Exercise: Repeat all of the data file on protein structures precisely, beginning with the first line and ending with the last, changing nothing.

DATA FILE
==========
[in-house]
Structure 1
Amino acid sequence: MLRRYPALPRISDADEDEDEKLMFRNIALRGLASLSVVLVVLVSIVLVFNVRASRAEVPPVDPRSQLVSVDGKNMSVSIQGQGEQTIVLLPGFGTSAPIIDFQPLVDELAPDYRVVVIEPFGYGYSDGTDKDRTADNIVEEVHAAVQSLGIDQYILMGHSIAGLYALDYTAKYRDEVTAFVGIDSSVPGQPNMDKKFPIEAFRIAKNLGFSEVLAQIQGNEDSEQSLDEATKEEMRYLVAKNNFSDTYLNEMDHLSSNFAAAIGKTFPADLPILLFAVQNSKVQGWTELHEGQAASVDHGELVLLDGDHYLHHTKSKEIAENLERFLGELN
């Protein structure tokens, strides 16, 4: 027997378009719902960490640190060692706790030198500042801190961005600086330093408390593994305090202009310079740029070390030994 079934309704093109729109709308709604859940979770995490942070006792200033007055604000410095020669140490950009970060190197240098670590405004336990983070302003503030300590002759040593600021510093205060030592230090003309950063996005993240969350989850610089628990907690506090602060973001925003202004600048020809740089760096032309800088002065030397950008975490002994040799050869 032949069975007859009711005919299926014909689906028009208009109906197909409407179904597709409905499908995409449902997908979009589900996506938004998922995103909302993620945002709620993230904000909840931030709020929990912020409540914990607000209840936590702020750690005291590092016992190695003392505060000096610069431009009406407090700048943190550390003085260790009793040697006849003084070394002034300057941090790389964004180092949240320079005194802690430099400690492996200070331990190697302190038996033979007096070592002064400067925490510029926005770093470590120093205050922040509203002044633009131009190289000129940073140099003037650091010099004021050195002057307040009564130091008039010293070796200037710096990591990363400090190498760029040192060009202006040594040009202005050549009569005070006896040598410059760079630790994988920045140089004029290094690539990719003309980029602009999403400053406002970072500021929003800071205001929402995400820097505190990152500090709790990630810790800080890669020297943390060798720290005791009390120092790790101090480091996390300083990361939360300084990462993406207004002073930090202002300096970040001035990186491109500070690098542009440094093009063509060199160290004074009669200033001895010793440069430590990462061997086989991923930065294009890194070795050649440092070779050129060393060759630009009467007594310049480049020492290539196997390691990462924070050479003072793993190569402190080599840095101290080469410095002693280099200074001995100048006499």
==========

[in-house]
Structure 1
Amino acid sequence: MLRRYPALPRISDADEDEDEKLMFRNIALRGLASLSVVLVVLVSIVLVFNVRASRAEVPPVDPRSQLVSVDGKNMSVSIQGQGEQTIVLLPGFGTSAPIIDFQPLVDELAPDYRVVVIEPFGYGYSDGTDKDRTADNIVEEVHAAVQSLGIDQYILMGHSIAGLYALDYTAKYRDEVTAFVGIDSSVPGQPNMDKKFPIEAFRIAKNLGFSEVLAQIQGNEDSEQSLDEATKEEMRYLVAKNNFSDTYLNEMDHLSSNFAAAIGKTFPADLPILLFAVQNSKVQGWTELHEGQAASVDHGELVLLDGDHYLHHTKSKEIAENLERFLGELN
């Protein structure tokens, strides 16, 4: 027997378009719902960490640190060692706790030198500042801190961005600086330093408390593994305090202009310079740029070390030994 079934309704093109729109709308709604859940979770995490942070006792200033007055604000410095020669140490950009970060190197240098670590405004336990983070302003503030300590002759040593600021510093205060030592230090003309950063996005993240969350989850610089628990907690506090602060973001925003202004600048020809740089760096032309800088002065030397950008975490002994040799050869 032949069975007859009711005919299926014909689906028009208009109906197909409407179904597709409905499908995409449902997908979009589900996506938004998922995103909302993620945002709620993230904000909840931030709020929990912020409540914990607000209840936590702020750690005291590092016992190695003392505060000096610069431009009406407090700048943190550390003085260790009793040697006849003084070394002034300057941090790389964004180092949240320079005194802690430099400690492996200070331990190697302190038996033979007096070592002064400067925490510029926005770093470590120093205050922040509203002044633009131009190289000129940073140099003037650091010099004021050195002057307040009564130091008039010293070796200037710096990591990363400090190498760029040192060009202006040594040009202005050549009569005070006896040598410059760079630790994988920045140089004029290094690539990719003309980029602009999403400053406002970072500021929003800071205001929402995400820097505190990152500090709790990630810790800080890669020297943390060798720290005791009390120092790790101090480091996390300083990361939360300084990462993406207004002073930090202002300096970040001035990186491109500070690098542009440094093009063509060199160290004074009669200033001895010793440069430590990462061997086989991923930065294009890194070795050649440092070779050129060393060759630009009467007594310049480049020492290539196997390691990462924070050479003072793993190569402190080599840095101290080469410095002693280099200074001995100048006499």